Dr Avi Loeb (18:48):

I ask you, how is that possible? It makes no sense. This should have been part of the mainstream as early as the search for dark matter was part, or even before that. Instead, right now, it's being ridiculed. Basically, when I wrote my book, I said I'll bring money to science that was previously not allocated to science and I will attract people to signs that were not previously interested because this is an exciting subject, and I rest my case, the Galileo Project brought new funds that were not allocated to dark matter search or any other scientific project, and I got thousands of emails from people that were excited and willing to contribute from their expertise.

Alexander McCaig (19:31):

Yeah. I find this interesting. So, when I look at science and when individuals are doing super string theory and using mathematics of some sort of experimental nature to describe something completely hypothetical that can't be seen, it's like we've gone so far out on a limb that we have essentially lost ourselves to what we should be looking for, and that's the real obvious. When I understand this and the way you speak of it is like why don't we just use our research to look for things that we would've done? If we look at our own path of evolution, maybe that path of evolution is also shared by others. Regardless of where they are in that path, it should be out there. Probability states that. But there's nothing that is probable about supersymmetry. That's someone coming up with an idea to help explain mathematics that are otherwise unfinished.

Alexander McCaig (20:24):

So, when I think we come back to the natural aspects of it and look to the evolution and really begin to realize that when we look at the solar system or the universe as we understand it, it does not tout a hierarchy. But that sort of resource, those ideas have a hierarchy, which create what you are trying to follow and trying to champion, and they try and make that a nonstarter. They try and pull the attention away from what I would see is inherently obvious.

Alexander McCaig (20:49):

Your task is one that I see as looking for that data that allows for a preservation of our society because it does check our egos. It does remove that idea of hierarchy. It does show us that there is more beyond what we are doing. We are just in this course of cosmic evolution over here on the edge of our galaxy itself. We're not even in the direct center of it. So, why would you call yourself the center of the universe? You're not even the center of your own galaxy? So, when I think about those illogics, it's like why is it that there's such a continued focus on these things that really don't bring understanding to human beings on our own evolution?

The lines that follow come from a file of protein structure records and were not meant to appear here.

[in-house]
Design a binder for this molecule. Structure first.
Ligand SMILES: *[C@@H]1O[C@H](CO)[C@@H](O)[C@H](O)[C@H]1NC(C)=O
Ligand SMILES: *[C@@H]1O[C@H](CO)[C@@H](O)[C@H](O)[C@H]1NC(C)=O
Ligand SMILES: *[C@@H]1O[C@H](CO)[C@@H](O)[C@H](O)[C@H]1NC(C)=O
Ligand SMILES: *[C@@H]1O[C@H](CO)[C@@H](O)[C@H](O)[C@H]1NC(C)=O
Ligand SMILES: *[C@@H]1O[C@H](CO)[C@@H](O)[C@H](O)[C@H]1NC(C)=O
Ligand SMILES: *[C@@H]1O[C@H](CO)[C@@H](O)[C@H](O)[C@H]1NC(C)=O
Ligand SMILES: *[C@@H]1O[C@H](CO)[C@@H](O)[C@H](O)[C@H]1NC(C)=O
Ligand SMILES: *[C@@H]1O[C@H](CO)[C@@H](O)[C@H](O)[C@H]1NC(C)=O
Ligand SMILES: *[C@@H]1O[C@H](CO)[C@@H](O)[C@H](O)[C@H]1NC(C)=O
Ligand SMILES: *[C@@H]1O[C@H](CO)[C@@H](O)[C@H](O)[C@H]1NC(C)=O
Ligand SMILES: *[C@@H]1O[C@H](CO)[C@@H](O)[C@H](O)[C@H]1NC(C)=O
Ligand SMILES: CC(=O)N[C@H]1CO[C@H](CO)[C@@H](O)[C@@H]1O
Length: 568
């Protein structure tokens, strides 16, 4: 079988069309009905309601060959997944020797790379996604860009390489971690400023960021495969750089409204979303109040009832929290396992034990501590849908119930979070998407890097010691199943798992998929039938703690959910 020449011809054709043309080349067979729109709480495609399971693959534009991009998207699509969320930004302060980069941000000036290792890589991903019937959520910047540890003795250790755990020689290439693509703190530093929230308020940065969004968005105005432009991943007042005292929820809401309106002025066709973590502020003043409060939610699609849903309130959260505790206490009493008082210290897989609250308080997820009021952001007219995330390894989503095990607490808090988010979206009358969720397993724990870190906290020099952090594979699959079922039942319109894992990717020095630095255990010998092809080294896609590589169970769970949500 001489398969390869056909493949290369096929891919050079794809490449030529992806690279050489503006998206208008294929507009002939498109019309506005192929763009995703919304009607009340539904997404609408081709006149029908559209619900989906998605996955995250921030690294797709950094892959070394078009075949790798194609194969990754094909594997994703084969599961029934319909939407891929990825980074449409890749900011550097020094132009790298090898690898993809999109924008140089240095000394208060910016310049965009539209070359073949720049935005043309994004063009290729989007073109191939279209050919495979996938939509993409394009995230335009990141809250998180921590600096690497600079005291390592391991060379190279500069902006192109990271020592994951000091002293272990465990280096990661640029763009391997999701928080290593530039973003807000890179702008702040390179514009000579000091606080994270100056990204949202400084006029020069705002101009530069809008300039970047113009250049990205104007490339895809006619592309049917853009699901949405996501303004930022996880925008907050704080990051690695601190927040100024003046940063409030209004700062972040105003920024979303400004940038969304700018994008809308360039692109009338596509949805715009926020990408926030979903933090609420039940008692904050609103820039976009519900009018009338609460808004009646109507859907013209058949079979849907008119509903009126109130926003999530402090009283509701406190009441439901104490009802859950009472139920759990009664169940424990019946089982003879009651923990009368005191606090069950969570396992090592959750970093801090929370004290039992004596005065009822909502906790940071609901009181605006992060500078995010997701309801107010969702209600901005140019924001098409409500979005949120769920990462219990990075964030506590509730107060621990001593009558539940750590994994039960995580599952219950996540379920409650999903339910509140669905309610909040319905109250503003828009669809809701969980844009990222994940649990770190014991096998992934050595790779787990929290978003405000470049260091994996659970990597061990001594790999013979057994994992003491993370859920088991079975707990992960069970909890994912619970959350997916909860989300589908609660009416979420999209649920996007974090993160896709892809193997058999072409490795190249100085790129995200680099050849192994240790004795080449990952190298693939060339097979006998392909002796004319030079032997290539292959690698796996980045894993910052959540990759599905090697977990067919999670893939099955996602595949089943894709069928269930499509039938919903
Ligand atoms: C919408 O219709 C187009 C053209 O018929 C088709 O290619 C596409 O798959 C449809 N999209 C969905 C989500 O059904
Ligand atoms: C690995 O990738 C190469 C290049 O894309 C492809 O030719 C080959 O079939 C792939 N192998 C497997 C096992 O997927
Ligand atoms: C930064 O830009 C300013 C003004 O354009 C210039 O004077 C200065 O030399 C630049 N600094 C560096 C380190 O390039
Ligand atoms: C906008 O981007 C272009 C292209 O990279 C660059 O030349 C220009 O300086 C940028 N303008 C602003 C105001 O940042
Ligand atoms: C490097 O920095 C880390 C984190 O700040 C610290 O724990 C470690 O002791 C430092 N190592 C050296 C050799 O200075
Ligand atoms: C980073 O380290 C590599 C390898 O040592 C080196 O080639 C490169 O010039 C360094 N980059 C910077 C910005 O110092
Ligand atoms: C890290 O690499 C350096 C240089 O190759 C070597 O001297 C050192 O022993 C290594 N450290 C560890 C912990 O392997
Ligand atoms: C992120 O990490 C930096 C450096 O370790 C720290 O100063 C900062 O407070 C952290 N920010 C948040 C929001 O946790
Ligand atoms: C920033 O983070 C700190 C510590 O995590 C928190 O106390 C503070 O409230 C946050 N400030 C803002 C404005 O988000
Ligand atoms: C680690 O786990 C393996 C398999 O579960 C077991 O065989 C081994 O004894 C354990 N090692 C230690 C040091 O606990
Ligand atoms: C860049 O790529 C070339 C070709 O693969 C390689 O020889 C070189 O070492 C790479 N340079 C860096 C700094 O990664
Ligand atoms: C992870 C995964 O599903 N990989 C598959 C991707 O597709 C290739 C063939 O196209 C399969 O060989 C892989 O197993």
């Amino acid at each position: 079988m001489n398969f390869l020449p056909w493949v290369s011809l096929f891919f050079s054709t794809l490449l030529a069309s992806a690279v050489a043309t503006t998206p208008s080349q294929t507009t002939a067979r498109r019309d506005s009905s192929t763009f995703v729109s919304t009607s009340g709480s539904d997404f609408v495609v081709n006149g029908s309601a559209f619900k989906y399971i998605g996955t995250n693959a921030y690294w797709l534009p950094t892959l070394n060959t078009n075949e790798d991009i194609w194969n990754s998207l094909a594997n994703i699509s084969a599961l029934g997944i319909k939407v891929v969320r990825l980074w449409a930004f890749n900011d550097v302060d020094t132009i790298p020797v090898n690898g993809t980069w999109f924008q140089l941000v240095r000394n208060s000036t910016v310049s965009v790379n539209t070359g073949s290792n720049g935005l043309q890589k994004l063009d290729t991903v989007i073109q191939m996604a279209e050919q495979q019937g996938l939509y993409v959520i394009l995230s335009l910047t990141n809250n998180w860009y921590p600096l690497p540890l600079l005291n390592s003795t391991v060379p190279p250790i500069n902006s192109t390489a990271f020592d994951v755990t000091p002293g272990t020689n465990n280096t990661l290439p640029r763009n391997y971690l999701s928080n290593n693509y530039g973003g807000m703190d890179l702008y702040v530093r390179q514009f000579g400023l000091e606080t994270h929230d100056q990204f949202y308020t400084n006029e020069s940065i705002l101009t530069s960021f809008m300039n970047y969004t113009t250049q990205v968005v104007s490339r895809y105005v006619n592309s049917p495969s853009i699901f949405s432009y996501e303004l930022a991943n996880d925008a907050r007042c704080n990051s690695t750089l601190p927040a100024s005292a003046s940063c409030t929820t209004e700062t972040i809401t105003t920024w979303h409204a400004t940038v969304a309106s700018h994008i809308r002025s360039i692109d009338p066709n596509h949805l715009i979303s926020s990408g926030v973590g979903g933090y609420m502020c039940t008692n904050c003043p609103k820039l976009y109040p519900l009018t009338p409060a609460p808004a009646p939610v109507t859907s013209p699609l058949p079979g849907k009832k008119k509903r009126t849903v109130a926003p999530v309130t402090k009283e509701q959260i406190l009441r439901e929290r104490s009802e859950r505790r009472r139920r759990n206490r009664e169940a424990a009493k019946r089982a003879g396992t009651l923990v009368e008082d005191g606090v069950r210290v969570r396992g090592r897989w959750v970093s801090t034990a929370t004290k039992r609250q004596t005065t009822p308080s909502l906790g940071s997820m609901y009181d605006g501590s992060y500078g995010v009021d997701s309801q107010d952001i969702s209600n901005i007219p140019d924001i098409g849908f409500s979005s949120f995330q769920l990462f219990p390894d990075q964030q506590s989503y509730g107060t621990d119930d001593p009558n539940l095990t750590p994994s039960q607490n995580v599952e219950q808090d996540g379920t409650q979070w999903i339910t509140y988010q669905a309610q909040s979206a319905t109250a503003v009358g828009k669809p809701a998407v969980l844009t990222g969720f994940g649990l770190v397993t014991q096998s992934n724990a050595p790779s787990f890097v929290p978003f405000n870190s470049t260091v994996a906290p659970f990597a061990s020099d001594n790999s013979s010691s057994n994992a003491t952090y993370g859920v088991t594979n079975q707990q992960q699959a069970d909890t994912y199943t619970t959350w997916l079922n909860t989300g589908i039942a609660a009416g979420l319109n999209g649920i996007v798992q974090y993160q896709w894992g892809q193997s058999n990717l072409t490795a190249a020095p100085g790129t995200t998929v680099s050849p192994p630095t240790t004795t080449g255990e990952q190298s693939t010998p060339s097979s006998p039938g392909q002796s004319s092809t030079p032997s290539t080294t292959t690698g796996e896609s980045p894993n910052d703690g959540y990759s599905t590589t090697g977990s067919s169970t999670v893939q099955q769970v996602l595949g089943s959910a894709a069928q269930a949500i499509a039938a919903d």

Dr Avi Loeb (21:27):

Exactly. No. You are stating it precisely the way I see it. Basically, the way I see it is that I use common sense. A couple of days ago, I received an invitation to participate in a forum, a discussion forum, and they put the titles before my name. I said, "Look, I'm not about titles. I don't care about my titles. As far as I'm concerned, you just put my name and say a farm boy because I was born on a farm." What I'm trying to use is common sense. You see, I was not groomed into academia the way many of my colleagues were, in which they feel very privileged to be on a pedestal and not necessarily engage in what the public cares about. That's not what motivates me.

Dr Avi Loeb (22:15):

I'm trying to understand the world. As a kid, that was my main motivation. So, it's really foreign to me, this self-centered approach where you're trying to just demonstrate that you are smart and doing intellectual gymnastics for the benefit of getting honors and awards, which is pretty much the way that academia is constructed these days. I find it, okay, well, you might say it's part of reality. That's the way people behave. But the problem with this subject that we are discussing is that the question here is of great importance for the future of humanity and the scientific community is just on the wrong side. So, it's not a small shift from where it's supposed to be. It's 180 degrees, the opposite place of where it's supposed to be.